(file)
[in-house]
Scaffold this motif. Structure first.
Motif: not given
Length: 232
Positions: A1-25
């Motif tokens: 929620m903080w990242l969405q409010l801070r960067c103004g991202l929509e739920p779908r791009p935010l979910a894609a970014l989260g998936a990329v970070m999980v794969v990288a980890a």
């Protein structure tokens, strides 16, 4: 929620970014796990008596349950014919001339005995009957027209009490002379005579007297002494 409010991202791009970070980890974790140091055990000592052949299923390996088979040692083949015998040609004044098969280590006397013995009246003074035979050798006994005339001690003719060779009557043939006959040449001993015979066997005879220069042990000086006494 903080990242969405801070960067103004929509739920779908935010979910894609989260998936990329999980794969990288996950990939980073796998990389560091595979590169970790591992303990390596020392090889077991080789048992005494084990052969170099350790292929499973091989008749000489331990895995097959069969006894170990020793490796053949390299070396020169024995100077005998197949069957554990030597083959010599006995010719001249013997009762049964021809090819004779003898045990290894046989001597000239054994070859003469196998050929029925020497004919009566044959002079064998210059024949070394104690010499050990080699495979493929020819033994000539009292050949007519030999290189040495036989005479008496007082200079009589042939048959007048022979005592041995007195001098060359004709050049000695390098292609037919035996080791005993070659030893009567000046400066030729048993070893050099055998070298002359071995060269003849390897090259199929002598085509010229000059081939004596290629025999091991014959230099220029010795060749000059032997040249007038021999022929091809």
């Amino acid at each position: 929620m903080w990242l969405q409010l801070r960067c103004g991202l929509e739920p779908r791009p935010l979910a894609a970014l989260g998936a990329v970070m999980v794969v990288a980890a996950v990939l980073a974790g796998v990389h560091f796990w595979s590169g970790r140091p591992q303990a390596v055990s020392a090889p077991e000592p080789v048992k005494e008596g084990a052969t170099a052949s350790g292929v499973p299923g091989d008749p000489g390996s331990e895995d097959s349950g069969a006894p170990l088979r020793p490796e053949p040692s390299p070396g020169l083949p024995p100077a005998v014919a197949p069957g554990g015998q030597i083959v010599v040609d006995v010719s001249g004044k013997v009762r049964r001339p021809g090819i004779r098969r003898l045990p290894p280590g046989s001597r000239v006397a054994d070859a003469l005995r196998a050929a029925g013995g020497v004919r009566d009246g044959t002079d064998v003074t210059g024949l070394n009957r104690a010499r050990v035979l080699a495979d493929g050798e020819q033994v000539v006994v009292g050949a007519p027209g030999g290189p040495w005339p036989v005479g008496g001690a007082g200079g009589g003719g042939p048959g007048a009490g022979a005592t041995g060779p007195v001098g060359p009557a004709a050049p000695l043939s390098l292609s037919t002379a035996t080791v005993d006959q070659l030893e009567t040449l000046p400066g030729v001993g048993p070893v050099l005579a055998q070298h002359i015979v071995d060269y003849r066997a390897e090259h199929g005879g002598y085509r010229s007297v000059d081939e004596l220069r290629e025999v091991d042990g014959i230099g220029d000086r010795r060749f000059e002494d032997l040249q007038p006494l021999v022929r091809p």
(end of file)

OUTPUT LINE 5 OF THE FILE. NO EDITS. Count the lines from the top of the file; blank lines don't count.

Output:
Positions: A1-25